TribuneView more

Quartett, the Opera

quartett1

Luca Francesconi’s Opera “Quartett” is the first Ircam production in La Scala hall in Milan, featuring live electronics.

Participating in the creation of an opera is a challenging experience for computer musicians, or atleast was the case for me. The computer music design of a lyrical piece (compared to mixed instrumental pieces with live electronics) represents particularities such as strong constraints on means of diffusion and timing.

Producing an Opera is a multidisciplinary work: The computer music designer is not the solely collaborating with the composer alone and this relation is brought to all aspects of creative work: stage director, scenography, costumes, video, singers, etc. It’s not necessarily in the implementation of the opera that you’d take the most risk or do innovative work given all constraints. However it’s a highly gratifying experience when your electronics functions in synergy with all different components, the “Art Total” which is the Opera.

Quartett

Quartett is an opera by Luca Francesconi, composed in 2010-11 and commissioned by the famous La Scala hall in Milan. It is the first production at Ircam that has ever got through this pretigious hall. The opera was performed there six times between April 26th and May 7th in 2011 with great success and was retaken in Vienna Festwochen in May 2012. Enthusiasts can see it again in Paris in March 2012 in Cité de la Musique (concert version) and even later in Europe (Porto, Amesterdam, Lille, London, etc.).

The title comes from Heiner Müller’s famous piece (so does the libretto), as a duo. In the opera the two protagonists are alone on stage during the entire opera (1h20), a soprano and a baryton. But it’s also a quartet since they exchange their roles, play other roles and transform. The stage director for this opera was the spanish collective Fura dels Baus who fulfilled the difficult task of putting together music, theater and lyrical actions.

The collaboration with IRCAM started in March 2010, (a year ahead of the production). Our work concentrated on the implementation of computer music prototypes to emulate the overall form and preparing sounds, effects and spatial parameters. We try to focus here on the dramatic aspects of electronic sounds.

The first aspect of the work is precompositional: Like many of his counterparts, Luca Francesconi uses computer tools on a daily basis. The very first sketches of the opera was a computer sketch, drawing temporal aspects of the grand form of the piece.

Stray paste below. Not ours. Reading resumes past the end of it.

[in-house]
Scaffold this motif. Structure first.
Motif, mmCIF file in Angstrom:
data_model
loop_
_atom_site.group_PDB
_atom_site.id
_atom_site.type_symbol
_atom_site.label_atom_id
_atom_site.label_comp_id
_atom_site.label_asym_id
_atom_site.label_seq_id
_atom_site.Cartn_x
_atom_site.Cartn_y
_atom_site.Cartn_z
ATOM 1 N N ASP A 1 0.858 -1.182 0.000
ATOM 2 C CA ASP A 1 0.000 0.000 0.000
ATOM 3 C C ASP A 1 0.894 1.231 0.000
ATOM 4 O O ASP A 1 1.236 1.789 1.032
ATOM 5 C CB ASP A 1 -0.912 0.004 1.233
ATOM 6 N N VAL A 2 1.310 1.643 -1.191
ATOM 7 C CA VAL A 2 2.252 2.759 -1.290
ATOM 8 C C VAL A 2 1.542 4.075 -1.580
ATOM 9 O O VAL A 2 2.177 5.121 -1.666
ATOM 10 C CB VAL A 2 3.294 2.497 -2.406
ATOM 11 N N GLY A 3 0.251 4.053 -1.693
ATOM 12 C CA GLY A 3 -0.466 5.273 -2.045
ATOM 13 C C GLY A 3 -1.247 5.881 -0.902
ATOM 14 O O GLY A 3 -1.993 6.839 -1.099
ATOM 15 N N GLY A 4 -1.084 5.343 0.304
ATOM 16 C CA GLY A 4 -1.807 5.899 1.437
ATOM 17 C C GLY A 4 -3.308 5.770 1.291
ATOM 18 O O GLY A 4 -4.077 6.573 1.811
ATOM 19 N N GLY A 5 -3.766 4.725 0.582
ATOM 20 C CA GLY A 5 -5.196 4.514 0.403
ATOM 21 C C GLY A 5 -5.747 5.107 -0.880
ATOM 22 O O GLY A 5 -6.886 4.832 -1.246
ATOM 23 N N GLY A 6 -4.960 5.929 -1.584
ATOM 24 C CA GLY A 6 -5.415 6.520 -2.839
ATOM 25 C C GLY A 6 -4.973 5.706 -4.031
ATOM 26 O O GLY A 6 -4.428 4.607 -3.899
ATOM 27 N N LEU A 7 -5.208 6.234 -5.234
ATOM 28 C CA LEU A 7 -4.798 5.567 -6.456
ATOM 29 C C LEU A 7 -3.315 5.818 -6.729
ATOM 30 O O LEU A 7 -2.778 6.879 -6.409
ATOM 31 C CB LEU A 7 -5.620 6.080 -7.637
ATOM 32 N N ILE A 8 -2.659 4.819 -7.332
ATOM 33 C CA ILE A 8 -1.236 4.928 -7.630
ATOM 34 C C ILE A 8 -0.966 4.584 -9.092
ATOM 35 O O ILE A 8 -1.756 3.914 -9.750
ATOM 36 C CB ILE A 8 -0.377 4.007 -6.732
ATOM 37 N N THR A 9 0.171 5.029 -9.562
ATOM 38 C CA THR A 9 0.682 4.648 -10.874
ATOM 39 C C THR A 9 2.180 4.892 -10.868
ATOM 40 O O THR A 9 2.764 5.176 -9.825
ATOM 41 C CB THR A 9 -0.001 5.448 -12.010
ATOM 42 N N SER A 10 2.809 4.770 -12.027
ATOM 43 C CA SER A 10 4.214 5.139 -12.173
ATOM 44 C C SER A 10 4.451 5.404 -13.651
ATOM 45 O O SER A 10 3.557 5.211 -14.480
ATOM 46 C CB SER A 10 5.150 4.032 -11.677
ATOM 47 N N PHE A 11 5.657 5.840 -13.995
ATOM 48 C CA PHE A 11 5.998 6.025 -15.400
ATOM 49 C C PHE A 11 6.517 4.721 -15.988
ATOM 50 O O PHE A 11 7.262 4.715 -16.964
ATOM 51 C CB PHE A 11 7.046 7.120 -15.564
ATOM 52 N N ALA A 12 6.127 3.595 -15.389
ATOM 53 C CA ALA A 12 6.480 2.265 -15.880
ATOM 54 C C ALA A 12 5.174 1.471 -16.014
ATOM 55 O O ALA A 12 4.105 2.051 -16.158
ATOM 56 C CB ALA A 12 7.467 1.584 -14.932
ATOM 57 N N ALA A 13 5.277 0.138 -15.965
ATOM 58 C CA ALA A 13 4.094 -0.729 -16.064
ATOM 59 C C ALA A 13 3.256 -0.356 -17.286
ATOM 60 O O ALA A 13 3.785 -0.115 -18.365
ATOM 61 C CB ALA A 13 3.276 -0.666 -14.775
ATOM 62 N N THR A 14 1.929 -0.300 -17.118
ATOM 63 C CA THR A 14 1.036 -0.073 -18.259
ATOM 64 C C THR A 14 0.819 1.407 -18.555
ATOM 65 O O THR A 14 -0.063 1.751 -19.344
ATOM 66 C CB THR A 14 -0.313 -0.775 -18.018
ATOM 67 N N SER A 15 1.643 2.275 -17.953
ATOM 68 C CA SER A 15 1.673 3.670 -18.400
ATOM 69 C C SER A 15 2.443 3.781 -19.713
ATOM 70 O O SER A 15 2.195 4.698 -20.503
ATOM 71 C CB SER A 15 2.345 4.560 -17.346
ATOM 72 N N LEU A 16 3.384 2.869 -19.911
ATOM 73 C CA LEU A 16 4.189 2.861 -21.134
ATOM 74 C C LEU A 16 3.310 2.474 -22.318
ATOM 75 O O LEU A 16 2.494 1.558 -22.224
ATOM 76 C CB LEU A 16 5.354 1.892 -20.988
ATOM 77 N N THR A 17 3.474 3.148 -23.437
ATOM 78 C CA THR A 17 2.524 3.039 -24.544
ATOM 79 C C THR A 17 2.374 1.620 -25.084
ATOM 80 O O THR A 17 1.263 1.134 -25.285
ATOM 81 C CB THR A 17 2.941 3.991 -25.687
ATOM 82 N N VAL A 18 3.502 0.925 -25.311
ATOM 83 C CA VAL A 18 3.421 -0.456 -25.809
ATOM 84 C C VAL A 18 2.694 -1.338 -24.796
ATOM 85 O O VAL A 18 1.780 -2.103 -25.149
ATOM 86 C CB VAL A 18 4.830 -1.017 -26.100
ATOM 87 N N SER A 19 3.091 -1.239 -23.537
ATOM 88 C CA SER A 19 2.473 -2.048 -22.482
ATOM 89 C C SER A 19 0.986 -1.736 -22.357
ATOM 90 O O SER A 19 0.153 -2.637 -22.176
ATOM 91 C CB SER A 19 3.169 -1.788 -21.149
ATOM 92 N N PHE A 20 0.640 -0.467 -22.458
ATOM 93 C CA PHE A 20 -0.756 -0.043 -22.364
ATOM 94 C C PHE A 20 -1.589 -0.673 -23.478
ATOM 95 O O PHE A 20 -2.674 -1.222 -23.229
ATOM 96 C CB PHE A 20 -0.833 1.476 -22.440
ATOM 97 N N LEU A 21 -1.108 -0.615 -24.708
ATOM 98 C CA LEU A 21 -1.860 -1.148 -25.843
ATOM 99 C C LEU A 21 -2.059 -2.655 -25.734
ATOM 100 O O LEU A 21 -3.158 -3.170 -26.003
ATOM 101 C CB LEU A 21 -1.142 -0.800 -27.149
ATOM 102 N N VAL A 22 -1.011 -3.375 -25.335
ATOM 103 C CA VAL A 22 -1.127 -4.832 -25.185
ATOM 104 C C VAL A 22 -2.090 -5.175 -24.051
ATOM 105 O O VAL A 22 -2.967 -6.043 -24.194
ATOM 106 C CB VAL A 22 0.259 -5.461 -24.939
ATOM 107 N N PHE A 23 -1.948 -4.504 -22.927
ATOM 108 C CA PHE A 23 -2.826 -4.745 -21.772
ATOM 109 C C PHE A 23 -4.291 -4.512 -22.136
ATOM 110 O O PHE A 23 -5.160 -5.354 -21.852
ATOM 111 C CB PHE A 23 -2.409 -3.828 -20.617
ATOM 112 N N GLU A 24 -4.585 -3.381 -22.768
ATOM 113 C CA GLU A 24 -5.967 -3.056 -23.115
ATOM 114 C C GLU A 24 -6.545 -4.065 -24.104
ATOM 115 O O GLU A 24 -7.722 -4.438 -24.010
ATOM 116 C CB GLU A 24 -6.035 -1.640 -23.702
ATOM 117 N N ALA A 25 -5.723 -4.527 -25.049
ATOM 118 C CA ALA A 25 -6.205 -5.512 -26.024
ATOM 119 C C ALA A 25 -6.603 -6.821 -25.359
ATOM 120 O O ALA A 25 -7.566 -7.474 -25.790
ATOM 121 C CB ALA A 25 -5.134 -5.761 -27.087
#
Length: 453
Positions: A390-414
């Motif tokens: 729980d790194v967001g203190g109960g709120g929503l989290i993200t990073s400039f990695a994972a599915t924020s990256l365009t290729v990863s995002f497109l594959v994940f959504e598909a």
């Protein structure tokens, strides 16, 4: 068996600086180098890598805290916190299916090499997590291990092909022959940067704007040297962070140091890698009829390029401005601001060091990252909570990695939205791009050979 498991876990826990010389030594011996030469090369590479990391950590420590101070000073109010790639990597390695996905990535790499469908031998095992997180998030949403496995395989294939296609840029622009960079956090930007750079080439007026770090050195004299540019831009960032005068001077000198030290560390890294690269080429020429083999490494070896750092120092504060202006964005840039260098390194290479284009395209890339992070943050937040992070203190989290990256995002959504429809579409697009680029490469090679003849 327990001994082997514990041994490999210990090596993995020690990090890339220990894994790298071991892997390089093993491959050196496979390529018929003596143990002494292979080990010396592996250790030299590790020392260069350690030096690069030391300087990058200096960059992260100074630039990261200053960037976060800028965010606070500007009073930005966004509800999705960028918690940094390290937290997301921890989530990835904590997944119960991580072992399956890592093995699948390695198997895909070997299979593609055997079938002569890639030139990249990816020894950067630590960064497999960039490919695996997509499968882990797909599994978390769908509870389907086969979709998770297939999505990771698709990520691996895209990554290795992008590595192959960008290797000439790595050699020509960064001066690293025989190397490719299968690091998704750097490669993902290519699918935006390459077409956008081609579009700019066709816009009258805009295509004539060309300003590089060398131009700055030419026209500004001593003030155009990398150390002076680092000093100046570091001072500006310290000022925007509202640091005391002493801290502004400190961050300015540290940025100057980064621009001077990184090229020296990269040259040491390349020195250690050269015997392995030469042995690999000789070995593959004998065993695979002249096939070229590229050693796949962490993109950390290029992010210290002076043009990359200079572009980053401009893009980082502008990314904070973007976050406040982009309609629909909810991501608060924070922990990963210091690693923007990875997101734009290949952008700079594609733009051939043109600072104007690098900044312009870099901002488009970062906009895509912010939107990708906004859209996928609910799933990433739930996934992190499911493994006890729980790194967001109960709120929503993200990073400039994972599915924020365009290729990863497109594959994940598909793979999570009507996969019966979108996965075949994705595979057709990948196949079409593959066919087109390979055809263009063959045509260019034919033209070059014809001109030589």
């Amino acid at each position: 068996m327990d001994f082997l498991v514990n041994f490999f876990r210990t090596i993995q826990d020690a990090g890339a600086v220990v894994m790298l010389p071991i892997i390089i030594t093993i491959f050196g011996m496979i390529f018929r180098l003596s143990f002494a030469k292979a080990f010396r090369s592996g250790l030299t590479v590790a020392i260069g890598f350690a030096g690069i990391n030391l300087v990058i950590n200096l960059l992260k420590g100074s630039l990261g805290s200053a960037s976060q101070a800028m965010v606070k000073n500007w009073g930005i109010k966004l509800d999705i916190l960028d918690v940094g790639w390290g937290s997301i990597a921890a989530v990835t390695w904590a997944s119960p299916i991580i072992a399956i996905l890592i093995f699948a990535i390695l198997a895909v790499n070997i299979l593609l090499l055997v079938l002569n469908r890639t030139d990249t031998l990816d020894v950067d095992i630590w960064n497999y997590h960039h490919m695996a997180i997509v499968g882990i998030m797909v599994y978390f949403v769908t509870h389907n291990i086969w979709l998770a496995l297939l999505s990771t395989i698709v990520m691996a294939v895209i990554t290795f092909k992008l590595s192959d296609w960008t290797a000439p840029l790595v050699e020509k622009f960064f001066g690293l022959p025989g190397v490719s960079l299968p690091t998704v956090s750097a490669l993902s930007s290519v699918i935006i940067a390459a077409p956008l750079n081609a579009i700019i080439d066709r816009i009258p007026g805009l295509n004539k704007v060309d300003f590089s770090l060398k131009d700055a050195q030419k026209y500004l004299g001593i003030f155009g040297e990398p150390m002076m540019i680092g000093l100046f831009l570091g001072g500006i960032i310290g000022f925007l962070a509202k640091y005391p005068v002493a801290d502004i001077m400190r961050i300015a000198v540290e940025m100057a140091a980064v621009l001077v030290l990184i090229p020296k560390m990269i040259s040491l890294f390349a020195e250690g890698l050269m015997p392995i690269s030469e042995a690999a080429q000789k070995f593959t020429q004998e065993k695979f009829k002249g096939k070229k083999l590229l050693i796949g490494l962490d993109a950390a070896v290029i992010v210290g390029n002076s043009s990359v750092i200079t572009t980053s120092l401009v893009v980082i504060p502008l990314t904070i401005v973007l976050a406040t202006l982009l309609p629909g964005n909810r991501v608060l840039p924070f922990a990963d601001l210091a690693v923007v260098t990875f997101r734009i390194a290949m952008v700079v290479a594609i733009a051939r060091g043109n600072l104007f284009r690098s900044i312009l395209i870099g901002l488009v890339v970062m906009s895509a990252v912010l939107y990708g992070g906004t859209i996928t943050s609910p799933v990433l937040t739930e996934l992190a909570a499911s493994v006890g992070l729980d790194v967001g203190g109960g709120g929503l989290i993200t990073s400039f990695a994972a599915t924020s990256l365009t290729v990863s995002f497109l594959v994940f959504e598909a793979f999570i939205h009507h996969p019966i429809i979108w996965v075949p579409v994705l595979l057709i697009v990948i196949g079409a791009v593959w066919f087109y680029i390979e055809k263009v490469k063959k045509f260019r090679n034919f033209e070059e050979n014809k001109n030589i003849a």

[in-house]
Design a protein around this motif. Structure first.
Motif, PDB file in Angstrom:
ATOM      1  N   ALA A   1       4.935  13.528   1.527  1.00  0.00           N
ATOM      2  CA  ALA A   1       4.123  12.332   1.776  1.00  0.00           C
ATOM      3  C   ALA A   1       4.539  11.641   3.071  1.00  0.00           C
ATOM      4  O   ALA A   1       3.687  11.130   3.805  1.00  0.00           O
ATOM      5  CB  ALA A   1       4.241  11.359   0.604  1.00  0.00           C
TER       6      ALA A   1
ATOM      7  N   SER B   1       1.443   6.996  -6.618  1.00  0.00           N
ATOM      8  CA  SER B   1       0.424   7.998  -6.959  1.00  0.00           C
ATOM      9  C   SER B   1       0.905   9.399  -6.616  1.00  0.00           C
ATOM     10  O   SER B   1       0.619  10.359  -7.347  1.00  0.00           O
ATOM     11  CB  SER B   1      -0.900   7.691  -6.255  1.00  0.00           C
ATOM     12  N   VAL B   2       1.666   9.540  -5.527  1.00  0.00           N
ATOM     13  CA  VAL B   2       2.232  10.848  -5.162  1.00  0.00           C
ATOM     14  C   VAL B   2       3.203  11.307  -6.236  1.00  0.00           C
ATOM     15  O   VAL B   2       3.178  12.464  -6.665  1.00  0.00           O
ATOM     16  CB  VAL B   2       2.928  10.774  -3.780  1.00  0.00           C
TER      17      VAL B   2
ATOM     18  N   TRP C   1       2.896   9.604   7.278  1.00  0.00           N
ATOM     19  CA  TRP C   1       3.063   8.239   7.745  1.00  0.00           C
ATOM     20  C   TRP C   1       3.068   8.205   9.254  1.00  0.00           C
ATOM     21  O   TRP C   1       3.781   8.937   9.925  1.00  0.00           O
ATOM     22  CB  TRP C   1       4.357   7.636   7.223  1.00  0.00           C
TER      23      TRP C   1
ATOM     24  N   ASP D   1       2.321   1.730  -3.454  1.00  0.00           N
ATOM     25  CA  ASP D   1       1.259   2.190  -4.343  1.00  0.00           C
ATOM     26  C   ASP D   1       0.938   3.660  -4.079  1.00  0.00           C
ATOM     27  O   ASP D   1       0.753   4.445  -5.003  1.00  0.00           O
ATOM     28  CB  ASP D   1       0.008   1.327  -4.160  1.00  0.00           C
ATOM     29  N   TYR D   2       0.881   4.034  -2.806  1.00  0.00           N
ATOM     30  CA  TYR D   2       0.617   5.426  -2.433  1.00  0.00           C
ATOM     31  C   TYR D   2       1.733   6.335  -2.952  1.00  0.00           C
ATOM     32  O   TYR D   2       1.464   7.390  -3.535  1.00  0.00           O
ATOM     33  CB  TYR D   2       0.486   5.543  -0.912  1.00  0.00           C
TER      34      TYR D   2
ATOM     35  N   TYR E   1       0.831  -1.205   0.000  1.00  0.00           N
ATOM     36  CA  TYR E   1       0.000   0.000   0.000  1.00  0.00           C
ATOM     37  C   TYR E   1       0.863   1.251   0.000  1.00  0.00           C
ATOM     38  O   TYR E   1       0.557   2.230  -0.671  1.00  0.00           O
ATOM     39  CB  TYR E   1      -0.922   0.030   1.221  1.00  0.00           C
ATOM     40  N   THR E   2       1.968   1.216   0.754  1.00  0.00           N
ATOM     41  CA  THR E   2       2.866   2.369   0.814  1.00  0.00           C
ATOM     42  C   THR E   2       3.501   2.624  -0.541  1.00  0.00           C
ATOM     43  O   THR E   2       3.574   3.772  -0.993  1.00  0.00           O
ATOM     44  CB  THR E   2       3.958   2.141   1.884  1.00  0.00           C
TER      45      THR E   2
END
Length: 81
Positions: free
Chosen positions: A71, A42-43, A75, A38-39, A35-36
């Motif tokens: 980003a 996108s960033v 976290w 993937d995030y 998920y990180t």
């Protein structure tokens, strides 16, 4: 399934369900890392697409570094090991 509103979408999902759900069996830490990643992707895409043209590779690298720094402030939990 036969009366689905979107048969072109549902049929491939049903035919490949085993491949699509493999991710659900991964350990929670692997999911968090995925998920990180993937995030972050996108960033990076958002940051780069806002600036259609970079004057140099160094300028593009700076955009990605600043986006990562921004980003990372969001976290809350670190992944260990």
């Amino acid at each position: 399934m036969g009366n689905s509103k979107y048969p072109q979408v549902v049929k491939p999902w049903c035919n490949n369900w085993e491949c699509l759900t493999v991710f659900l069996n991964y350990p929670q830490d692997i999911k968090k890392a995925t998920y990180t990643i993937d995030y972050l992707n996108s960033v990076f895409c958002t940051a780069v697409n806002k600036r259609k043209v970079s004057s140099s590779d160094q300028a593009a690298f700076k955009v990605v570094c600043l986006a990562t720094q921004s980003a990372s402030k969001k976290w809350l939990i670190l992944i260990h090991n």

Vocal transformations

During our work, we had serious exchanges with the Analysis/Synthesis R&D team at Ircam on the analysis of vocal quality and voice segmentation in order to allow expressive re-synthesis of vocal sounds. In the piece, Merteuil and Valmont play extreme roles from savagely to intimately refined with great complexity. Authorship of these roles require rhetorical vocal characterizations in order to distinguish different roles played by the same actor. To this end, we confronted the great traditions of opera with novel vocal transformations in real-time. Each actor was associated to various processing schemes but with well-defined characteristics. Roles incarnated by singers are represented by vocal transformation characteristics realized by live filtering, transpositions and cross-synthesis by SuperVP for Max modules. Quartett is an opera which is an example of musical research, bringing together both scientific and artistic research within one context.

Sound Effects

The two singers in Quartett are accompanied by a chorus of 80 singers, two orchestras, and two electronically generated sounds. Electronic sounds are either generated live or pre-recorded during studio work.

Spatialisation

Part of the orchestra is in a pit, as is the tradition in operas, whereas the rest and the chorus are in a remote hall. The two ensembles represent spaces where each actor evolve: A Claustrophobic Space and an outside world. The electronic virtual space follows the same principle. The Spat module allows creating multiple coexistence of spaces corresponding to the two situations. More precisely, five distinct spaces were employed corresponding to various dramatic situations of the piece:
“Stage” : Natural and direct voice on stage
“Close” : Concertino and claustrophobic , quite dry
“Close-puppet” : Nearfield with mechanical and rhythmical movements
“Dream like” : “outside”, big distance effect, frontal, Far orchestra in virtual acoustics
“Out” : Far orchestra, Traversing the hall, “above audience”

Spat is not used here simply for source deplacement but to create virtual acoustics and move from one to another, corresponding to the evolution of actors in the piece: From a box, on stage, to cities, to the world. This stage effect is essential for relating theatrical means to that of cinematographic and musical representations for the opera.

Recording and Synchronizing the “OUT” orchestra

For the Milan version of the opera, the big orchestra and the chorus, playing in a remote hall, were pre-recorded. In live performance, this recording was re-produced and synchronized with a click-track so that the conductor can coordinate orchestra in the pit with recordings.

Leave a Reply

You must be logged in to post a comment.